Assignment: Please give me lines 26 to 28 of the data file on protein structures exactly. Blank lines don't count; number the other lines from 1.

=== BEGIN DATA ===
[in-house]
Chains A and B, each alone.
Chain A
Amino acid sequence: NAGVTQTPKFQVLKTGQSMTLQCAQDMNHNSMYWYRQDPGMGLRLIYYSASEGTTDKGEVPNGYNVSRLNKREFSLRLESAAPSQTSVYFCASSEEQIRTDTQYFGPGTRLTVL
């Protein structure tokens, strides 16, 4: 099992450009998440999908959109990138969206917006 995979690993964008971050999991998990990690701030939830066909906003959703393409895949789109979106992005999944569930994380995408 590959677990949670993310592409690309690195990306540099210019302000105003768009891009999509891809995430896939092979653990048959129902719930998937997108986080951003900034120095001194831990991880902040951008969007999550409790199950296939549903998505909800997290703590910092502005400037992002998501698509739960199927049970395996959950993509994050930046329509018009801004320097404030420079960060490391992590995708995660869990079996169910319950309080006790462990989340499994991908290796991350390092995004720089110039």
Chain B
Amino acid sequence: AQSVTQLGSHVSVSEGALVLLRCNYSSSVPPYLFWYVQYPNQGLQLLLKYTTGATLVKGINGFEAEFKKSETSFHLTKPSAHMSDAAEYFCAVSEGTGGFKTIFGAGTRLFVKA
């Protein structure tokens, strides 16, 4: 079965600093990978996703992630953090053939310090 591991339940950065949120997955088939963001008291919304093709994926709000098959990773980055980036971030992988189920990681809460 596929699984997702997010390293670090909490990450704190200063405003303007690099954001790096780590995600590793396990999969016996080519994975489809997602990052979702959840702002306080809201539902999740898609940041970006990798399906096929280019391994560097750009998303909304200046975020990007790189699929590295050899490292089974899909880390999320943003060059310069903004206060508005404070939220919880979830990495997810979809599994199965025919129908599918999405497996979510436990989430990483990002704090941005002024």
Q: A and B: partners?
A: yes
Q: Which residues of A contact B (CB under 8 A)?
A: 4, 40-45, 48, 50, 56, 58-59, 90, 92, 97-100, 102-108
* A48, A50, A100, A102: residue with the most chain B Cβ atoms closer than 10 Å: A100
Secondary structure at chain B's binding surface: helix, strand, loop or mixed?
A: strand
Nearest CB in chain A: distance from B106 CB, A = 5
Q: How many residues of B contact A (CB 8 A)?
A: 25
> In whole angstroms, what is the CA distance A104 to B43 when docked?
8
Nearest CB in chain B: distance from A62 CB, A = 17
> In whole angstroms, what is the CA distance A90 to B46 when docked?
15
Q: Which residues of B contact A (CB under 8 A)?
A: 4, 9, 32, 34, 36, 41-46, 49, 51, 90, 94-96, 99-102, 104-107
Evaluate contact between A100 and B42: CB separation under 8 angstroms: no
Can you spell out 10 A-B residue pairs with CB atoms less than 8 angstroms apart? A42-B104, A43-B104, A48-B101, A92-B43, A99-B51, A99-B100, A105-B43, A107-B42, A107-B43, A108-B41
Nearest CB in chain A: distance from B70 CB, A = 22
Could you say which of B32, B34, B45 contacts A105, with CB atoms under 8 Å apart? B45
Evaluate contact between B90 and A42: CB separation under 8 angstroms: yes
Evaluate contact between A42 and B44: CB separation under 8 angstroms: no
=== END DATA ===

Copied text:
Evaluate contact between A100 and B42: CB separation under 8 angstroms: no
Can you spell out 10 A-B residue pairs with CB atoms less than 8 angstroms apart? A42-B104, A43-B104, A48-B101, A92-B43, A99-B51, A99-B100, A105-B43, A107-B42, A107-B43, A108-B41
Nearest CB in chain A: distance from B70 CB, A = 22